To create their own thinking based on their life connections,  and discuss the text with peers. Each will bring their own comprehension based on their life experiences. As they learn to communicate their thoughts and understanding to others, their own comprehension will expand. The teacher has an opportunity to draw the students INTO the book. Use your posters, viusals, artifacts, and  storytelling techniques to be the characters, create the world using your voice, and open the doors to new adventures.

Slide1

How to PLAN Read Aloud Lessons

Paige from Our Elementary Lives showsand storytelling Read Aloud Lesson.

And there are MORE. Click the links below for more information on READ ALOUDS.

Upper Elementary Snapshots

The Inspired Apple

Intentional Homeschooling

A Dab of Glue Will Do

In summary, a READ ALOUD is a book, a chart, a poem on a smartboard, or any other text in your classroom supplies, where the teacher reads TO the students using self-questions and think aloud reading strategies. The goal is to model fluent and expressive reading. The students then INTERACT with the text through discussions, writing, and/or thinking for themselves.

These literacy posts may help in YOUR Balanced Literacy journey.

Balanced Literacy

Read At Home

Flexible Seating

These resource books for TEACHERS may be helpful for YOUR reading.

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The Ultimate Read-Aloud Resource

The Ultimate Read-Aloud Resource 

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The Read-Aloud Handbook

The Read Aloud Handbook

I hope YOU are prepared to practice DAILY Read Alouds in YOUR classroom!

Stay tuned for next week… Week 2 Shared Reading.

Please share with friends.

Leave me a comment…How do YOU use Read Alouds in YOUR classroom?

Print

Read Aloud for 15 Minutes

Read Aloud

Partner Reading Comprehension Sticks. Talk about your READING!

For MORE Balanced Literacy Resources..

CHECK out my TpT Store 1stgradefireworks

HAPPY New Year!

Wendy

No More “HOW DO YOU SPELL???”

Spelling.

( I know..I cringe at that word.)
Kids want to SPELL perfectly…every time!

My fear is…students who STOP writing a wonderful story, because they can’t remember HOW to spell a word.

Just one word. And then..they stop writing! UGH! They ask themselves, “What does it start with?” Oh..I dunno…so where do they look? What do they do? Ask a friend…look on your word list…check the word wall…ASK THE TEACHER! NO!!!   I want INDEPENDENT readers & writers! Those DREADED words…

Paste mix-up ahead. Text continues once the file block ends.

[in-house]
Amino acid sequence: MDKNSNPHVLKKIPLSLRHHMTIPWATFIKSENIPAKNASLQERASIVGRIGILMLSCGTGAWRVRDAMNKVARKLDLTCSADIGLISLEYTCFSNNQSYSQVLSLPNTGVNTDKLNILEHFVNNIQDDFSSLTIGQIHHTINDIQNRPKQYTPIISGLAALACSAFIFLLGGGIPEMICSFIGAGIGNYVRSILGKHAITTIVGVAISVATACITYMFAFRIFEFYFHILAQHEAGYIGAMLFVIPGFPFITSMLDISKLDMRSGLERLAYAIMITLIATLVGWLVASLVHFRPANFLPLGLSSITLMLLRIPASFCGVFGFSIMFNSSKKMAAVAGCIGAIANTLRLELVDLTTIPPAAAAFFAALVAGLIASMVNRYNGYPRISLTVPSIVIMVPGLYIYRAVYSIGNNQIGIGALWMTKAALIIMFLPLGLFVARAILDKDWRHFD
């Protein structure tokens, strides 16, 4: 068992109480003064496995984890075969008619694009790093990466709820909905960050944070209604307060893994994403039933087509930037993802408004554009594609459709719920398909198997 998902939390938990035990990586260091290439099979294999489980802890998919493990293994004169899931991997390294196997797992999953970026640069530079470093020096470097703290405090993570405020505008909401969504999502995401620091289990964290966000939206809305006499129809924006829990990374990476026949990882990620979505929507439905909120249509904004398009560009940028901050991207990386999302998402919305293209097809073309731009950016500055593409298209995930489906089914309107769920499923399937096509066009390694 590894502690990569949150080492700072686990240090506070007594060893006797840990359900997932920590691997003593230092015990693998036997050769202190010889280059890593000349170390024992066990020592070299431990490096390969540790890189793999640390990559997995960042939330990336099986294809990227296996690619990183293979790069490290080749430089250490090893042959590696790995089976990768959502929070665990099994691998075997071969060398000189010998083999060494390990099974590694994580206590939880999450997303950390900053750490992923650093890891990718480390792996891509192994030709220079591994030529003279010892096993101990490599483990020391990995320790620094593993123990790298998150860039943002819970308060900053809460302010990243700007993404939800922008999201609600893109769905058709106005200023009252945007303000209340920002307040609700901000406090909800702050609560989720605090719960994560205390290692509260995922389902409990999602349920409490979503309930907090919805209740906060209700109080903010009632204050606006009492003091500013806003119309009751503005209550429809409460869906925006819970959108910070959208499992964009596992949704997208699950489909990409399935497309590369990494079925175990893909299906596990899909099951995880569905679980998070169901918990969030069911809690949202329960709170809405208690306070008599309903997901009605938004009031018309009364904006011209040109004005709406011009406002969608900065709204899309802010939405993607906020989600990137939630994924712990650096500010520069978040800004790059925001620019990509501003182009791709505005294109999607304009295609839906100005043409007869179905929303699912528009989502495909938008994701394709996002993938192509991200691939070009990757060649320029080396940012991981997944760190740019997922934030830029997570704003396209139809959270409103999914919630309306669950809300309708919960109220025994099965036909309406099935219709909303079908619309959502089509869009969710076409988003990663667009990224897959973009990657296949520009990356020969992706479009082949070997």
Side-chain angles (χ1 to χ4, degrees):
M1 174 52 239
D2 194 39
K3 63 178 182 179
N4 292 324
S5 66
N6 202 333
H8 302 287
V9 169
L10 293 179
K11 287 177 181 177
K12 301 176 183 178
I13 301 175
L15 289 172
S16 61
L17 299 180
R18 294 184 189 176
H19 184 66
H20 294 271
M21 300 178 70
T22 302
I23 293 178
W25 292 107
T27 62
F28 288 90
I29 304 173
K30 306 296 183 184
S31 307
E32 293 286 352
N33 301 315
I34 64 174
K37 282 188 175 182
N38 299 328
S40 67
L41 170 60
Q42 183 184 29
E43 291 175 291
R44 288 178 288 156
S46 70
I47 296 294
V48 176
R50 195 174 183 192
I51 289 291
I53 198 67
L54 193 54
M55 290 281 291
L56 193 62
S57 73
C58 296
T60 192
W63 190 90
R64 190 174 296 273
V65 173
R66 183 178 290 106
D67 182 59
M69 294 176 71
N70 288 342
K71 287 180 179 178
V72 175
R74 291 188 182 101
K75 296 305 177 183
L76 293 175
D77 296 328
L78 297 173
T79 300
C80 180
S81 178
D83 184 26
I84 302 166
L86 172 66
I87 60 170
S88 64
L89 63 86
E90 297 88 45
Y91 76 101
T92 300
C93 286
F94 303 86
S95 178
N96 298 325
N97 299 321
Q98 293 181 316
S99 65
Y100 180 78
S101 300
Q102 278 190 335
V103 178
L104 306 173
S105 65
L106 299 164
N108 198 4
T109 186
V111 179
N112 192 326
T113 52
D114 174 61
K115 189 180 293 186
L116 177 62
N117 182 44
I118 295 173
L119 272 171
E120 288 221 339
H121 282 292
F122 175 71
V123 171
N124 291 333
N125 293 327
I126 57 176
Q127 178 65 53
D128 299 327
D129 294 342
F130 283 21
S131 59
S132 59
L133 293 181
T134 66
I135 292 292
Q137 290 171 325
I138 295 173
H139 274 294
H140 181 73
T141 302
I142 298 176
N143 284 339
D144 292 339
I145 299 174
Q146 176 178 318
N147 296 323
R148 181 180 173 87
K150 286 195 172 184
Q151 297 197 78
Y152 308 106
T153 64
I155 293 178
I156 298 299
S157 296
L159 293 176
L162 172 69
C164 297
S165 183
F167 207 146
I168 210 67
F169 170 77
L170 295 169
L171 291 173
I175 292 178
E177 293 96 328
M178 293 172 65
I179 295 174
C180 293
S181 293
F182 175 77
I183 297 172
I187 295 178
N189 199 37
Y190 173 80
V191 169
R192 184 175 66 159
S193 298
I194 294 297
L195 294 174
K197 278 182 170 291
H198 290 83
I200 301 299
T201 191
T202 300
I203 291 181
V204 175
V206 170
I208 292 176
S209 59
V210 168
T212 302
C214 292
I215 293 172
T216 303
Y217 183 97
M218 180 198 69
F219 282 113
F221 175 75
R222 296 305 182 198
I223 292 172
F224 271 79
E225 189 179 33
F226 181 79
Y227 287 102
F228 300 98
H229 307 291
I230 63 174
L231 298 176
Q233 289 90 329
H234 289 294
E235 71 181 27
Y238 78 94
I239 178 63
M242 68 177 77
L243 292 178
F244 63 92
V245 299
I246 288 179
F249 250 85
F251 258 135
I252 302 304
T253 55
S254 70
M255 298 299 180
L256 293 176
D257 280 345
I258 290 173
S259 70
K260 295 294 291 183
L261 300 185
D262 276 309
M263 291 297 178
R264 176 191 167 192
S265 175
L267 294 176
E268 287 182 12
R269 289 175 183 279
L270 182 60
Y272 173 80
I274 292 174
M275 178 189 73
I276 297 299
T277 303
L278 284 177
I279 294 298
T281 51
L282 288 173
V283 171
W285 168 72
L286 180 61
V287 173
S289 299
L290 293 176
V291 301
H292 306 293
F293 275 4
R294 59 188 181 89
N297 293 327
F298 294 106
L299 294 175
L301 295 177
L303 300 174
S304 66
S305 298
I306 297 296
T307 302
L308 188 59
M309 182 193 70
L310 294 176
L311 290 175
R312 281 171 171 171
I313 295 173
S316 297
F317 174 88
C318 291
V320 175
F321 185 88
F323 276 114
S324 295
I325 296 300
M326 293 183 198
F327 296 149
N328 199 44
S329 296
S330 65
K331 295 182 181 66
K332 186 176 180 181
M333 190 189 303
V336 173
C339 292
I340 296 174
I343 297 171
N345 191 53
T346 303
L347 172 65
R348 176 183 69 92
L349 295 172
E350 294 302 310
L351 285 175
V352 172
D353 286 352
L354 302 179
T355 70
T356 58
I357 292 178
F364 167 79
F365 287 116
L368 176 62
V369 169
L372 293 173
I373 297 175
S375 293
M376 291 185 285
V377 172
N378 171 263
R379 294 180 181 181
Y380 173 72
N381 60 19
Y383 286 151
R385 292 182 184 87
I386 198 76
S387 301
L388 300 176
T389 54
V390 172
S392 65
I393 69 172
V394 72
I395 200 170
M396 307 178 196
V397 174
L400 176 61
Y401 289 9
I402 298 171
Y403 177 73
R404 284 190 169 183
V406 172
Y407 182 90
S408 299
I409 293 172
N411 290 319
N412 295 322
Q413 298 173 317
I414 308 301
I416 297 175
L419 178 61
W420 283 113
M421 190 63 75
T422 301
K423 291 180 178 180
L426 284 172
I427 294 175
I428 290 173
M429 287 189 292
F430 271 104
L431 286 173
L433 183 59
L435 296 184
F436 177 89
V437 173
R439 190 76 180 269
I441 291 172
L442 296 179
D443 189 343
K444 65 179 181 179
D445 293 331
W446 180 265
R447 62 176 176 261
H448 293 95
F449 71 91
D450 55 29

“HOW DO YOU SPELL…????”

Ugh! What to do FIRST? We have gone over letter sounds, word families, vocabulary, picture prompts, word walls, word lists, dictionaries, pictionaries, and so on..and so on. And still they ask. “How do you SPELL???” So what is a teacher to do?? Then what?
PINTEREST! ( The place where ALL questions CAN be answered!) And so I search…
Spelling Practice
https://www.pinterest.com/pin/5911043239308984/
Spelling Practice from Samantha Almaguer  FREE!
https://www.pinterest.com/pin/515802963551850222/
https://www.pinterest.com/pin/42784265188753752/

SO MANY SPELLING CHOICES!

So many Spelling WORD LISTS! ( And don’t EVEN get me started on WORD WORK!) Balanced Literacy Word Work And so…what’s a teacher to do? Head to YOUTUBE! Here is a great video from Angie @ Center Station
https://www.youtube.com/watch?v=pZhkKImvI4g
Still, no answers! AND SO?  What to do? What to do? Create MY OWN! My district has adopted a curriculum. I have 18 boxes waiting for me to unpack! My PD for this new curriculum is 5 days before I have students! I probably won’t have time to REALLY dig into the program. Surface teaching for a few weeks! BUT… My kiddos are ready… BEFORE I AM! And so.. I create! Bookmarks for Sight Word PRACTICE

Here are a few of my newest

SPELLING   creations!

The spelling word lists in this program can be used anywhere, anytime, with ANY program!

Homeschools, interventions, homework, practice pages! Here is KINDERGARTEN
Here is  FIRST  GRADE
And  Grade  2
All of the lists are printed in black and white. SAVES  ON  COLORED  INK! ( I print mine on colored paper!) I print one copy of SPELLING word list for the student’s desk. A little tape on top..and voila! Instant word wall for writing! (NO MORE …HOW DO YOU SPELL…) The other word list I send home for homework each MONDAY! They have to read & practice each night. Spelling tests on FRIDAY! I give “rewards” for 80% correct or higher! I don’t expect perfection…just effort in their work. I add these word lists to SPELLING CITY on our computers. (If  you don’t have SPELLING CITY….GET IT!) 🙂
They practice EVERY DAY!

They also must use the week’s spelling words in their journals.

They read their journals to a partner. WOW! Spelling, reading, writing, word lists, &  homework! I think we’ve got this! I have also added BLENDING LINES for READING FLUENCY PRACTICE!